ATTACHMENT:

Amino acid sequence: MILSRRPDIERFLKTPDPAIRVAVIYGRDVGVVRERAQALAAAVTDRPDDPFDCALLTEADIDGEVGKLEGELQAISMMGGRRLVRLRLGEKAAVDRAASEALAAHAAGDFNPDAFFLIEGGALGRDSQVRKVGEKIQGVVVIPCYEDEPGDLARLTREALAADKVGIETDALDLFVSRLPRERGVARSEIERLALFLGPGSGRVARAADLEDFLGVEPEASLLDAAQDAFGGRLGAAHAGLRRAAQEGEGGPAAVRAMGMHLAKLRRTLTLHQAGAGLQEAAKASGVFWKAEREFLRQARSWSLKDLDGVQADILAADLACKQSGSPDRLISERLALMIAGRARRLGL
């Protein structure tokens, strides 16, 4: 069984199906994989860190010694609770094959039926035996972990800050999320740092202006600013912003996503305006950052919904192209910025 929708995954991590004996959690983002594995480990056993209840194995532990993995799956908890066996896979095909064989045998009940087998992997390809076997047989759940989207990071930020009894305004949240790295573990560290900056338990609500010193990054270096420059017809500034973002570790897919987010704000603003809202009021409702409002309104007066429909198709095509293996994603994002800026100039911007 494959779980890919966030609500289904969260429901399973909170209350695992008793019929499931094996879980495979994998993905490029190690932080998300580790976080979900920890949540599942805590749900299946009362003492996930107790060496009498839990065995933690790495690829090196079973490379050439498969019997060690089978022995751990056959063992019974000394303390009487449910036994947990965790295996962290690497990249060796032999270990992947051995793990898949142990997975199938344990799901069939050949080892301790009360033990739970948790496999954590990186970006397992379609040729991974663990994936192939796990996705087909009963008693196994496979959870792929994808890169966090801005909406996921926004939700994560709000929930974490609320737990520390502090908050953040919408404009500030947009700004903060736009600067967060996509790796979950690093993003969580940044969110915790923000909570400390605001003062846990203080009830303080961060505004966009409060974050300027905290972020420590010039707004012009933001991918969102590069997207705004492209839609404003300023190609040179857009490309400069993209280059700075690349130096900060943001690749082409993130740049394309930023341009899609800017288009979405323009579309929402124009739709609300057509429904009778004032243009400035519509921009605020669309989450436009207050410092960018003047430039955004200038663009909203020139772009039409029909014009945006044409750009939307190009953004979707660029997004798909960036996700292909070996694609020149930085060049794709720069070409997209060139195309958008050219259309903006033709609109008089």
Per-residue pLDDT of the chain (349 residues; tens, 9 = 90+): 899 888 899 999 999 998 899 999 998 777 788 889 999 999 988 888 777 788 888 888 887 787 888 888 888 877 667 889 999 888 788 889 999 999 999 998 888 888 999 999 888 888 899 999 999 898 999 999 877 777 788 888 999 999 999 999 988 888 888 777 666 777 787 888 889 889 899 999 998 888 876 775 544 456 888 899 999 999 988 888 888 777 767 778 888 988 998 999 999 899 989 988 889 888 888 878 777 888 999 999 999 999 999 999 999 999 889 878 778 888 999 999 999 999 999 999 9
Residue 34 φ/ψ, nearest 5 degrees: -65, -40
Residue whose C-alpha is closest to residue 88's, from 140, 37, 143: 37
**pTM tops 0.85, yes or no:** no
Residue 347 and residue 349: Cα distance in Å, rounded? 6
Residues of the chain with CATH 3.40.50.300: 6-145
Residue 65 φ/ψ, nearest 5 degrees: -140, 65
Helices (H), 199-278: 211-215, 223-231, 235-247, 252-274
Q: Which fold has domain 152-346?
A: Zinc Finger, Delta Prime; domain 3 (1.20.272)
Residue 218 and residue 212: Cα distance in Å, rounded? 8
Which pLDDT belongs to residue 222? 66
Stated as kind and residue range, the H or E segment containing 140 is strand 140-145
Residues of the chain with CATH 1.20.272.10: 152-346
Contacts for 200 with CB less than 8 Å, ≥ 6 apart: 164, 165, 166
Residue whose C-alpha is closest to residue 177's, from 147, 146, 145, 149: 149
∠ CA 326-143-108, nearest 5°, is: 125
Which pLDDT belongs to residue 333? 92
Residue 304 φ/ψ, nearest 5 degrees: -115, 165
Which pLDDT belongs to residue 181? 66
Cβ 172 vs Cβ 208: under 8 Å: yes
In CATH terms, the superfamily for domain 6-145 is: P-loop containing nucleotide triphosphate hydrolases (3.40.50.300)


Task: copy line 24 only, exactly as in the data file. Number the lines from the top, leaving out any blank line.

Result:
In CATH terms, the superfamily for domain 6-145 is: P-loop containing nucleotide triphosphate hydrolases (3.40.50.300)